EXAMS – LAZY & TURNED EYE (Strabismus & Amblyopia)

Strabismus & Amblyopia Defined: When a visual dysfunction occurs such that an eye turns in or out it is called strabismus. Amblyopia refers to reduced vision through an otherwise healthy eye. These have a profound effect on depth perception and three-dimensional vision. When someone has amblyopia, there is a much greater risk of losing vision in the dominant eye, so it is important to address.

Understanding Strabismus in the brain: We understand that brain controls the eye muscles that position and align the eyes. We check to see if the muscles have any physical restrictions or limitations. When the muscles are unrestricted, we understand that the reason for the eye turn is in the brain and that the brain is telling the eye to be in a turned position. In my model of vision, the eye turn is a symptom of an underlying problem where the brain is actively using one eye to shut off the other one. This is called suppression. The brain is attempting to reduce visual confusion from an inability to integrate the right and left eye information together.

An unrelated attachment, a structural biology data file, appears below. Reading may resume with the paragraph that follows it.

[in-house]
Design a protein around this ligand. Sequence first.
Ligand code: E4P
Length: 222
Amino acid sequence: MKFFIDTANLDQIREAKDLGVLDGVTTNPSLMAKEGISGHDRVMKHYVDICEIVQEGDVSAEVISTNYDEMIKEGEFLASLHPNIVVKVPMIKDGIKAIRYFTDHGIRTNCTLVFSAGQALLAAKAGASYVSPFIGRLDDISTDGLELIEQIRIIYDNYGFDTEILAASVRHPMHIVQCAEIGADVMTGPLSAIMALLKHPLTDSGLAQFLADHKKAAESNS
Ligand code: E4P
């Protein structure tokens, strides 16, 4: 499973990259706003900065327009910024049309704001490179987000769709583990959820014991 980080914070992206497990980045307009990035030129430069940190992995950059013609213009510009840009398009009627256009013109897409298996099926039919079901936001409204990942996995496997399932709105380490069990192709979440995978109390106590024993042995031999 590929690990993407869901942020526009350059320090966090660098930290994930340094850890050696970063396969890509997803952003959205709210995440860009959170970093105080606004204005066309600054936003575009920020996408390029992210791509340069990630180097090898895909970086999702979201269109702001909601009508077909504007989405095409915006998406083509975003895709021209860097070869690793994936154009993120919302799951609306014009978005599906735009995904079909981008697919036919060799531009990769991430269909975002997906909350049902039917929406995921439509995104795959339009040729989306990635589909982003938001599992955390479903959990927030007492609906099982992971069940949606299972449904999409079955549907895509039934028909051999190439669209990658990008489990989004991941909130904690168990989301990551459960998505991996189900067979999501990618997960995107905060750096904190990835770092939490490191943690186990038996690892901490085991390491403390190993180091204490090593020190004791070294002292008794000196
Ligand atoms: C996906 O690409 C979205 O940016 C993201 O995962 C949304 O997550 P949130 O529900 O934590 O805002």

Treating Strabismus & Amblyopia: We seek to address the underlying suppression and look to encourage both eyes to engage in seeing together. When giving a prescription lens for these conditions, we know that the lens strength that allows both eyes to cooperate better is not necessarily the lens strength that gives the sharpest vision in each eye. We also expect that the lens strength that gives better binocular cooperation will ultimately allow the potential for better vision including clarity in each eye. Traditional patching an eye doesn’t allow for the development of using both eyes together. Based on neuroscience, we opt for newer patching alternatives that have shown benefits to building binocular vision through anti-suppression.